Often, when people explain the behavior of an AI system, there is one of Daniel Dennett’s stances implicit in their explanation. I think that when this happens implicitly, it can often lead to misleading claims and sloppy reasoning. For this reason, I feel it can be really valuable to be deliberately explicit which “stance” one is using. Here are Dennett’s three stances (in my own words):

Physical/structural stance: Explaining a system’s behavior mechanically, as the interaction between its parts and with the outside environment. For example, we could explain the output of a neural net by looking at which combinations of neurons fired to bring that about.

Design/functional stance: Explaining a system by looking at what its function is, or what it was made to do. For example, we could explain the behavior of a thermometer by the fact that its function is to track the temperature. 

Intentional stance: Explaining a system’s behavior as a product of beliefs, desires, or mental reasoning of the system. For example, my friend got up to get a cup of coffee because they believed there was coffee in the other room, wanted to have the coffee, and reasoned that to get the coffee they had to get up. 

 

The idea is that all three stances can in principle be applied to any system, but that for different systems each stance offers a different amount of explanatory power. For example, if I tried to understand my friend in terms of their design (perhaps the evolutionary pressures placed upon humans, or the in-lifetime learning applied to my friend’s brain) this would get me a lot less bang for my buck than my much simpler model of them as wanting coffee. Likewise, thinking of a thermometer as “wanting” to track the temperature and “believing” that the temperature outside does not match what it is displaying is unnecessarily complicated.

Statements can sometimes make implicit assertions about which stance is the most useful. For example, consider: “GPT is just a text predictor.” This statement correctly identifies that from a design stance, GPT was made to predict next-tokens on a text corpus[1], but it goes a step further to implicitly claim that we should only understand GPT in this way (and that we shouldn’t be curious about explaining the behavior in other ways). I think it can be important to notice this kind of thing, and try to make these implicit claims more explicit.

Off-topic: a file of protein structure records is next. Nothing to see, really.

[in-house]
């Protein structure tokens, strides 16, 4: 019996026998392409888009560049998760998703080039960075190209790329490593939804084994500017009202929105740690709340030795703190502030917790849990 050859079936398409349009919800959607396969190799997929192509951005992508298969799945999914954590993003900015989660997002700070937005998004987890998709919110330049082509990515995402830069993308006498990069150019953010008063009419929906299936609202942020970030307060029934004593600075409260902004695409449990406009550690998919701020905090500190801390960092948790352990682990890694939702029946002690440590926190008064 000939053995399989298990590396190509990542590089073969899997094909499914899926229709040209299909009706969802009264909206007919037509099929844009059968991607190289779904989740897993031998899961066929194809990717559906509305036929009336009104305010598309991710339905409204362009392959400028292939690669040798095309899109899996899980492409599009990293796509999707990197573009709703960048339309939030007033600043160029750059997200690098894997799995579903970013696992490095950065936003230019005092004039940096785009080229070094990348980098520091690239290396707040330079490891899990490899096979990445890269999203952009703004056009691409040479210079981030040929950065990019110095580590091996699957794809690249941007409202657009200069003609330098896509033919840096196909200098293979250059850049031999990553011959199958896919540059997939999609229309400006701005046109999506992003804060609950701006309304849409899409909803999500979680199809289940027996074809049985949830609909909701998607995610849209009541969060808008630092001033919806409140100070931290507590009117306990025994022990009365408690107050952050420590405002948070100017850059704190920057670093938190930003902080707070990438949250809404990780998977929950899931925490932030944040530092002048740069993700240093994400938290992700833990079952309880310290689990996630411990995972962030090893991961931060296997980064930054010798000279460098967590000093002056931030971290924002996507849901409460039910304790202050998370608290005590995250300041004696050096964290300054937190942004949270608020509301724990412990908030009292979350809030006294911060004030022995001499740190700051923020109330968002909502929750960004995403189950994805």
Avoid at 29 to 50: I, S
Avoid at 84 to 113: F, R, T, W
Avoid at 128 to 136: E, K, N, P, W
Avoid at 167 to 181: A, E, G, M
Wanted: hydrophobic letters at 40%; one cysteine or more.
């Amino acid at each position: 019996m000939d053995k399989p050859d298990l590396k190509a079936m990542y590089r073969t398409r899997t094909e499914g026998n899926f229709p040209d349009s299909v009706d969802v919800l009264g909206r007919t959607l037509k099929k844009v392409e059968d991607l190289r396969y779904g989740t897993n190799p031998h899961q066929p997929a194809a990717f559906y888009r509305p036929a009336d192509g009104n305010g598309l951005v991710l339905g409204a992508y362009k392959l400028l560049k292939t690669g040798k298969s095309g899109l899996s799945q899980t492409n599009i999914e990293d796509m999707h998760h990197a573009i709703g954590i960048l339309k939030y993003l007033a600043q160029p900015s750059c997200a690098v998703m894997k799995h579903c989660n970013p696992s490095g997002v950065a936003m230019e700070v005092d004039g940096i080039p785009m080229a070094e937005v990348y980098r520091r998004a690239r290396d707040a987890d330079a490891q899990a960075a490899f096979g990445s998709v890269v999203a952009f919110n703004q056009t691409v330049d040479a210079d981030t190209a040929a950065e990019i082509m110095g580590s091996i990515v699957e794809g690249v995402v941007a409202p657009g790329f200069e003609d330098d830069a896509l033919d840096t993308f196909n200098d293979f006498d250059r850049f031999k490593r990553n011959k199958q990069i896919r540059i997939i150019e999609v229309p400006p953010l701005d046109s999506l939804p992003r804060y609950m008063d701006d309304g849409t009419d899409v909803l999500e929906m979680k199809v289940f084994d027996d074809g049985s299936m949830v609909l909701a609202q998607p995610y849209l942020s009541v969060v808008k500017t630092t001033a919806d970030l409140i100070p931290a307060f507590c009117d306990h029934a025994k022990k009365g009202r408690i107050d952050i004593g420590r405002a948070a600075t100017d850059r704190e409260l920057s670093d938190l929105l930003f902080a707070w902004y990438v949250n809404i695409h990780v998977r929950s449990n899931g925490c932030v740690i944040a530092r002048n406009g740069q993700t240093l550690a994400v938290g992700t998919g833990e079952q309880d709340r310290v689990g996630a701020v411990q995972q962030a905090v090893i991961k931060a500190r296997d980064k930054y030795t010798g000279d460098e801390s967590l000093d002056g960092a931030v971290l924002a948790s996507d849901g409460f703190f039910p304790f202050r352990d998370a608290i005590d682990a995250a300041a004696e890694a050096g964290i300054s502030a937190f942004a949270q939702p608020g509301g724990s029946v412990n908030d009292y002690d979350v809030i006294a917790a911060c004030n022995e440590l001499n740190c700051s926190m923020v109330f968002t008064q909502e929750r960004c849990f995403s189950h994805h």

Another example of how making this more explicit can be valuable is Reward is not the optimization target by Alex Turner. Turner points out that in RL, researchers quite carelessly use intentional language around RL agents having a goal of obtaining reward. This claim could be true, but the fact that agents are “designed” (or rather trained) to pursue high reward policies does not directly imply that they should have this as their goal (or have any goal at all). This careless language leads to careless thinking, and can lead us to misunderstand what we should expect from AI systems.

It might also be valuable for us to have more stances, or a more nuanced look at these stances. For example, when interacting with base models, I personally find that while I don’t feel like I gain much by modeling them as having goals[2], I gain a lot by modeling them as having beliefs. Dennett’s stances here might be too anchored to an anthropocentric view of the world. Privileging the intentional stance makes sense, as we are particularly worried about agential risks from AI. I worry, however, that we aren’t being curious enough about looking for and explaining weird behavior of AI systems that isn’t well explained by any of the three stances. For example, take flocking behavior in birds:

In this case, none of the three stances do a particularly good job of explaining the complex patterns that particularly large flocks of birds make, and it seems like we need some kind of fourth stance in order to make good predictions about it. My hope is that if we are more explicit about which stance we are using in our explanations, we can also more easily notice what those stances might be leaving out, and what is left to explore and explain. 

  1. ^

    Even from the design stance, things do get complicated. Chat models are the obvious example, being trained to do more than just prediction, but even sticking to just self-supervised next-token prediction directly implies quite a lot which the word “just” might encourage us to ignore.

  2. ^

    I could say that a base model “wants” to minimize prediction error, but this feels like it doesn’t add anything to just taking a design stance. 

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While I had seen photos of starling murmurations before, this particular photo where the flock looks like a single large bird is new to me. Thanks!

Credit goes to Daniel Biber: https://www.worldphoto.org/sony-world-photography-awards/winners-galleries/2018/professional/shortlisted/natural-world/very 
After the shape dissipated it actually reformed into another bird shape. 

Wow, that's really cool! I had just assumed it was created by a diffusion model or in photoshop.